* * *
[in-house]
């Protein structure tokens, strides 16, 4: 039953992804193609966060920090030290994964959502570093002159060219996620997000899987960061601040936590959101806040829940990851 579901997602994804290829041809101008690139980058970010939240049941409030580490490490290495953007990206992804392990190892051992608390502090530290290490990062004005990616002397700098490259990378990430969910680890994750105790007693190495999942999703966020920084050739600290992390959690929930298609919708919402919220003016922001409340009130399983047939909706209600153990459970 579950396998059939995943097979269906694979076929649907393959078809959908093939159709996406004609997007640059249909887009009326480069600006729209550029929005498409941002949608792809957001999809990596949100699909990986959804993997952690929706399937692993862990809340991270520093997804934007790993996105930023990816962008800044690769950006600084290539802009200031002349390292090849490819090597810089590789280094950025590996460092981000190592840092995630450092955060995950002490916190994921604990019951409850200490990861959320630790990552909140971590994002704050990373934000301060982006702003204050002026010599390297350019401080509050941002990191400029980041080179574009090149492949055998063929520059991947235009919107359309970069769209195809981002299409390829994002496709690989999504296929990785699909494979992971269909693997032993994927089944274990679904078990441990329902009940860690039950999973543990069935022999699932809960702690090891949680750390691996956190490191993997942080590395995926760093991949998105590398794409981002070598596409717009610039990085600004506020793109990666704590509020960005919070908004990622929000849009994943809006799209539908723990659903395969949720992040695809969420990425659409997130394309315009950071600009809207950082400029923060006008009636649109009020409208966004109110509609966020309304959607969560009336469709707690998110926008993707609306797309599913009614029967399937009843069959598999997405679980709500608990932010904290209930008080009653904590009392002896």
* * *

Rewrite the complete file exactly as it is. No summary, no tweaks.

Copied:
[in-house]
């Protein structure tokens, strides 16, 4: 039953992804193609966060920090030290994964959502570093002159060219996620997000899987960061601040936590959101806040829940990851 579901997602994804290829041809101008690139980058970010939240049941409030580490490490290495953007990206992804392990190892051992608390502090530290290490990062004005990616002397700098490259990378990430969910680890994750105790007693190495999942999703966020920084050739600290992390959690929930298609919708919402919220003016922001409340009130399983047939909706209600153990459970 579950396998059939995943097979269906694979076929649907393959078809959908093939159709996406004609997007640059249909887009009326480069600006729209550029929005498409941002949608792809957001999809990596949100699909990986959804993997952690929706399937692993862990809340991270520093997804934007790993996105930023990816962008800044690769950006600084290539802009200031002349390292090849490819090597810089590789280094950025590996460092981000190592840092995630450092955060995950002490916190994921604990019951409850200490990861959320630790990552909140971590994002704050990373934000301060982006702003204050002026010599390297350019401080509050941002990191400029980041080179574009090149492949055998063929520059991947235009919107359309970069769209195809981002299409390829994002496709690989999504296929990785699909494979992971269909693997032993994927089944274990679904078990441990329902009940860690039950999973543990069935022999699932809960702690090891949680750390691996956190490191993997942080590395995926760093991949998105590398794409981002070598596409717009610039990085600004506020793109990666704590509020960005919070908004990622929000849009994943809006799209539908723990659903395969949720992040695809969420990425659409997130394309315009950071600009809207950082400029923060006008009636649109009020409208966004109110509609966020309304959607969560009336469709707690998110926008993707609306797309599913009614029967399937009843069959598999997405679980709500608990932010904290209930008080009653904590009392002896």